Everyone knows how to put air in tyres, yet few know their right pressure. Tyre pressure makes a big difference in comfort, speed and efficiency. On 200 miles, 100 miles and 100 kilometers.

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Tubeless

Tyre pressure can make the difference between a great ride and a rough one. Especially on a 200 or 100 miles ride! We set out to Taxandria ULTRA (Belgium) to help riders with better tyre pressure.

Somewhere along the way, we learned to “just put it hard.” But what works for city bikes doesn’t necessarily work for racing bikes, and what goes for racing bikes certainly doesn’t apply to gravel bikes, especially with tubeless setups.

A bit of history

The function of your wheel is to turn your energy into forward motion. The function of your tire is to provide comfort and traction. The wooden and solid wheel were a great invention but often heavy, uncomfortable and could got get stuck in mud or slide on wet roads. In 1888, the inner tube was created: a layer of air in tires to improve both comfort and traction. Occasionally, you’d put air in your tire and roll it until you lost too much air, leading to increased energy costs or loss of traction.

What does Taxandria ULTRA have to do with this?

Since 1888, we’ve been taught to set a tire pressure and then just leave it. But tire pressure is actually an easy-to-adjust variable to adapt to circumstances. Whether it’s the surface (road or gravel), the weather (dry or wet), or your intention for the day (race or relax), tire PRESSURE MATTERS.

As a recreational but challenging gravel event, PlugPlug Taxandria is a super interesting venue to learn how riders adapt their tire pressure to the occasion (rough gravel, dry, all sorts of tires).

Together with riders we calculate a more optimal personal tyre pressure.

Inputs for this calculation include:

  • Tire brand
  • Tire model
  • Tire width
  • Combined weight of rider and bike
  • Surface (ranging from road smooth to gravel rough – for this day, ‘gravel rough’)

At PlugPlug Pajottenland we calculated 50 personal tire pressure settings. Some riders, mostly those with tubeless setups, had it spot on. About 40% were more than 1.0 bar off, and another 40% were more than 2.0 bars off.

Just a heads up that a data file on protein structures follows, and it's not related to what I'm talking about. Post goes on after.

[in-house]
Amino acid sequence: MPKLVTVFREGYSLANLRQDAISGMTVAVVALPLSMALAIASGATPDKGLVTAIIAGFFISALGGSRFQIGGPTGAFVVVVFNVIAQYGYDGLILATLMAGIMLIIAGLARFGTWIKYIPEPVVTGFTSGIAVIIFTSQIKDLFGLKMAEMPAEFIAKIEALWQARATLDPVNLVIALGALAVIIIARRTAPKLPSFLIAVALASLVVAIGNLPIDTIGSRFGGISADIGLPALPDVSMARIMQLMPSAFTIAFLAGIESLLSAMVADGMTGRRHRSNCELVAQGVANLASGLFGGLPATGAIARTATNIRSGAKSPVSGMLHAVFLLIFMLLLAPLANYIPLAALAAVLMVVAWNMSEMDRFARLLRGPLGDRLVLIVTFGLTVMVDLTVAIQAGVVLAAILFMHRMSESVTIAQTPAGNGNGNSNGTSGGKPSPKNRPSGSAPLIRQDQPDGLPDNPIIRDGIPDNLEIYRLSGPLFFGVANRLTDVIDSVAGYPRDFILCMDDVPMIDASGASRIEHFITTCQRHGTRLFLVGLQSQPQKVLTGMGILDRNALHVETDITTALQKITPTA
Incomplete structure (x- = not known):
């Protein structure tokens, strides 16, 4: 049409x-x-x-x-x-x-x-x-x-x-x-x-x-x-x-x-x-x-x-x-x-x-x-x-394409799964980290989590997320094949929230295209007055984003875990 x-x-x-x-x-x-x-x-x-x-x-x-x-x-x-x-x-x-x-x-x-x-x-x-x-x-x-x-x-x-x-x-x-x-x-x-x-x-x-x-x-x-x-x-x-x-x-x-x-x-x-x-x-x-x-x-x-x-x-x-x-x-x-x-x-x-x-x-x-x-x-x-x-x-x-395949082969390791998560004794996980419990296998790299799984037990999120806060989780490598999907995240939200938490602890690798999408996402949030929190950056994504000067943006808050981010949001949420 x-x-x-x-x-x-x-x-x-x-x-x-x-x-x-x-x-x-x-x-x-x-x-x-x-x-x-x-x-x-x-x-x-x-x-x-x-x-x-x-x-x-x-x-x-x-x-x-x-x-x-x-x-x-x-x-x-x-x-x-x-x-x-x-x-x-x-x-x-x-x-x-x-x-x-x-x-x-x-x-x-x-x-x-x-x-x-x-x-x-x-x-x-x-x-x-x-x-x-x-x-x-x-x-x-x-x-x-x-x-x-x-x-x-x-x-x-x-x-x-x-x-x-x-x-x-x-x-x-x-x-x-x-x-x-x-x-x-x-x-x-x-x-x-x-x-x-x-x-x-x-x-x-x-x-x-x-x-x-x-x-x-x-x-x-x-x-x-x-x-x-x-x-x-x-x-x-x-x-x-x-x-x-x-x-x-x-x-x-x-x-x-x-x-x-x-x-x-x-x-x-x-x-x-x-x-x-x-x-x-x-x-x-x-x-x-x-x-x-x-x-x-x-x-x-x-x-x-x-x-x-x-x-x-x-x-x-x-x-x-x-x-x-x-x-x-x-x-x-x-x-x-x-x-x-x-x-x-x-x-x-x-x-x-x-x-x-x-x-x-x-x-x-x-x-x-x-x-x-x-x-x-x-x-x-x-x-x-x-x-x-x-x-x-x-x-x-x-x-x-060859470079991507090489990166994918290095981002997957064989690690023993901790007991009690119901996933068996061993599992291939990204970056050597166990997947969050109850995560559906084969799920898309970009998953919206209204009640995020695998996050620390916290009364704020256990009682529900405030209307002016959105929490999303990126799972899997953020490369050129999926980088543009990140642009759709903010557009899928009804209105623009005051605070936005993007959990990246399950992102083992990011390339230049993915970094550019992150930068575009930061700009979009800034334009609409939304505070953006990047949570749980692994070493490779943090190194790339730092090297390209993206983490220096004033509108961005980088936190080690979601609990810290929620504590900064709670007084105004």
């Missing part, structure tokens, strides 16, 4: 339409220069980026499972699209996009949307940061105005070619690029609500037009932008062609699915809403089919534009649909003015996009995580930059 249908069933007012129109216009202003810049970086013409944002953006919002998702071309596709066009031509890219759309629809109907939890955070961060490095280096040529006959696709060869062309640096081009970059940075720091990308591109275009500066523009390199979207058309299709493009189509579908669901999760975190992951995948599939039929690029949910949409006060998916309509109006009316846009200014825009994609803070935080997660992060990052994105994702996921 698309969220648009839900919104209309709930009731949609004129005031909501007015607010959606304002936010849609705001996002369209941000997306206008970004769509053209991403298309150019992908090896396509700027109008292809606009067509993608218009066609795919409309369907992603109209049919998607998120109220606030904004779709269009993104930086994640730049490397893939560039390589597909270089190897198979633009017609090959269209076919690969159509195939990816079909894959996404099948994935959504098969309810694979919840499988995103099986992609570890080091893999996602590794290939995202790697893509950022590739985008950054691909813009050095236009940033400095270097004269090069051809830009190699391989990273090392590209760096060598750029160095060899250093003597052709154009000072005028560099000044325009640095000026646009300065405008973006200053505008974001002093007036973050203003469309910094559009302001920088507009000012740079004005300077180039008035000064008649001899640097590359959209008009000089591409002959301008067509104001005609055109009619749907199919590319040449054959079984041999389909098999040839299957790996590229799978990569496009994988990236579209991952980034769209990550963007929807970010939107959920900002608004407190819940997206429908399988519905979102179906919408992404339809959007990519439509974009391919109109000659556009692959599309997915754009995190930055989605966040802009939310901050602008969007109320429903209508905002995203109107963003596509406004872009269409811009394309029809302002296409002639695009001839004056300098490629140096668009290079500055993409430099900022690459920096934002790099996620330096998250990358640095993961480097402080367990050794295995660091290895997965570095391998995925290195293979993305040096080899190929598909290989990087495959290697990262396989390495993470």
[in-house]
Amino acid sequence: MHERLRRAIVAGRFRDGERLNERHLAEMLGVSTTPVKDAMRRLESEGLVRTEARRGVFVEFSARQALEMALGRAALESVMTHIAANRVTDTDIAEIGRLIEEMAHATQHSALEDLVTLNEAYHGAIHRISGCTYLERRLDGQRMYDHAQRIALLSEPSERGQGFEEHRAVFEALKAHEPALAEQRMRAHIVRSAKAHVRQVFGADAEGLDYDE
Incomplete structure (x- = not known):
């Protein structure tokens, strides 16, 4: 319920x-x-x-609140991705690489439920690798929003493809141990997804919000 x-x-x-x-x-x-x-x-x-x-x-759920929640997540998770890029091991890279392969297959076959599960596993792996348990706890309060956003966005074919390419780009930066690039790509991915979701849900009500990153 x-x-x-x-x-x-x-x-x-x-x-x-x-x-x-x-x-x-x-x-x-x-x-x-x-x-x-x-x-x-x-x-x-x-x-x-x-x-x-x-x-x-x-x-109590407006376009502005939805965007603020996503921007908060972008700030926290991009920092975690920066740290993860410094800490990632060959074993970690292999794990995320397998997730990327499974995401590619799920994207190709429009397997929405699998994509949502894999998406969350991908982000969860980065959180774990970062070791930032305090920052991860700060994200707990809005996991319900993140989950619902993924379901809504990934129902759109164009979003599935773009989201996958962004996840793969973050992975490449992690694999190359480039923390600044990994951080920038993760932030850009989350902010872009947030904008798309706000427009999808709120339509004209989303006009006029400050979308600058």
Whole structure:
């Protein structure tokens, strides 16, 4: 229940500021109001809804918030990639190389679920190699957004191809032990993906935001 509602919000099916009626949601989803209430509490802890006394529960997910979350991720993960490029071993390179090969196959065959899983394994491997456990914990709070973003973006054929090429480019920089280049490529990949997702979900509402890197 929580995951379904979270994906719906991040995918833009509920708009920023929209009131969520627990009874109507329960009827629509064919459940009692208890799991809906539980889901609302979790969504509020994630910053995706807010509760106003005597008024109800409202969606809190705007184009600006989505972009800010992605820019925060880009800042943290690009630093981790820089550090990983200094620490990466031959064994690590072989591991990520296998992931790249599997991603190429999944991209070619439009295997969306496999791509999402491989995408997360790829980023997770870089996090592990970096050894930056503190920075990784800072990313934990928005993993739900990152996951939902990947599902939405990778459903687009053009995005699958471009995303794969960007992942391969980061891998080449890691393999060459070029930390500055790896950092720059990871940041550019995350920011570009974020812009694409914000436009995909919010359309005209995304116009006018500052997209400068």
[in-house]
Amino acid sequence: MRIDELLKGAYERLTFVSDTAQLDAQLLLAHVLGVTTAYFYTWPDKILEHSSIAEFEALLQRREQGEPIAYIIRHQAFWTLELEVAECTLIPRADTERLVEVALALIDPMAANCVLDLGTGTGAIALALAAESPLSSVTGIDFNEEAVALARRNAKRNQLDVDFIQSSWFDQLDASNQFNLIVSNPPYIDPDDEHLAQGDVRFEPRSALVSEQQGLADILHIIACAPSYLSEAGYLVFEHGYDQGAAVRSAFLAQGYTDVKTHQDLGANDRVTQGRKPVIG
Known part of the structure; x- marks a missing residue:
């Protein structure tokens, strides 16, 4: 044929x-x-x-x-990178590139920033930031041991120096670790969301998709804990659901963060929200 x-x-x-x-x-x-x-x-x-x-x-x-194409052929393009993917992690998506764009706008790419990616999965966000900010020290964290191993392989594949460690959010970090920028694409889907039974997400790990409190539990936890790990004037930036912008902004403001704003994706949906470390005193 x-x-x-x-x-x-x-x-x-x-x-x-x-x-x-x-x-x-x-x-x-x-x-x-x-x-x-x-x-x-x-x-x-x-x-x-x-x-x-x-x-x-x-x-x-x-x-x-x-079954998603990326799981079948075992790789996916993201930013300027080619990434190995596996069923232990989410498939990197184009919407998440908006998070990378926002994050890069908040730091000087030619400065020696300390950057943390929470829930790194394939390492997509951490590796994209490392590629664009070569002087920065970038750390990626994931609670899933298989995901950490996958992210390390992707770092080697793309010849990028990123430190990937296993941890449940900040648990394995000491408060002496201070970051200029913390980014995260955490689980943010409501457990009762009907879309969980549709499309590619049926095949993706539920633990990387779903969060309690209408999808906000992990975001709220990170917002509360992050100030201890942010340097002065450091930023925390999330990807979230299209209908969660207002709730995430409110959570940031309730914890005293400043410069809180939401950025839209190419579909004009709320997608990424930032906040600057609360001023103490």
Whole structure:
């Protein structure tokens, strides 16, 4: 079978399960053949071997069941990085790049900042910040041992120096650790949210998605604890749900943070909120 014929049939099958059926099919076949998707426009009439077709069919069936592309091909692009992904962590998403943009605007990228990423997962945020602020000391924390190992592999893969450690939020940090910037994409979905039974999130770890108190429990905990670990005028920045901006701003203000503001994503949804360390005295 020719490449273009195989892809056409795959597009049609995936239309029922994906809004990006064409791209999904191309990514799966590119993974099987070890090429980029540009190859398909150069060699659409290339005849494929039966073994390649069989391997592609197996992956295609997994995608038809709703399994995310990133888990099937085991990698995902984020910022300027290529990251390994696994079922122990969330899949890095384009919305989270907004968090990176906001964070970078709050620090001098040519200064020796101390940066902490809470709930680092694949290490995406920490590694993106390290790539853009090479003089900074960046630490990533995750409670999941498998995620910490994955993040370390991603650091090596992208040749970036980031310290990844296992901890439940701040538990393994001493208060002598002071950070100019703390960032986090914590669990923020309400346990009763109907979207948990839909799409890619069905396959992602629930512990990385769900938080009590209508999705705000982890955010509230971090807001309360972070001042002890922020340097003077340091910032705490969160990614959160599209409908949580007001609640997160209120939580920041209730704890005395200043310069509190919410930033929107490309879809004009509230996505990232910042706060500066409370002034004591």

At Taxandria ULTRA we hope to help 200 riders with a personal tyre pressure advise.

For those wondering what benefits we mean: if two riders ride the same 200mile Taxandria ULTRA gravel course, the one riding with 2.0 bar will have a challenging but fun day, while the one with 4.5 bars will have a day of suffering, with strained shoulders, possible slides on the loose sections, and significantly less fun. In this example, we’re not even considering the power loss of the 4.5-bar gravel rider.

After riding several of the magnificent routes with participants, some confirmed that they indeed didn’t puncture (as they thought might happen when reducing from 4.0 to 2.0) or that they felt more relaxed (even if they ‘only’ went from 2.5 to 1.7 bars).

As you reflect on your riding experience, it’s worth reconsidering the tire pressure you ride with and whether you adjust it for varying conditions. Many cyclists set their tire pressure once and forget about it, but adaptable tire pressure can significantly enhance your ride. By adjusting your tire pressure based on the surface, weather, and your riding intentions, you can improve comfort, control, and overall enjoyment.

Join us in exploring how adaptable tire pressure can transform your cycling experience and ensure you ride better with GRAVAA.

Thanks to Charles Pasqué for his photography during our previous PlugPlug event.

Tubeless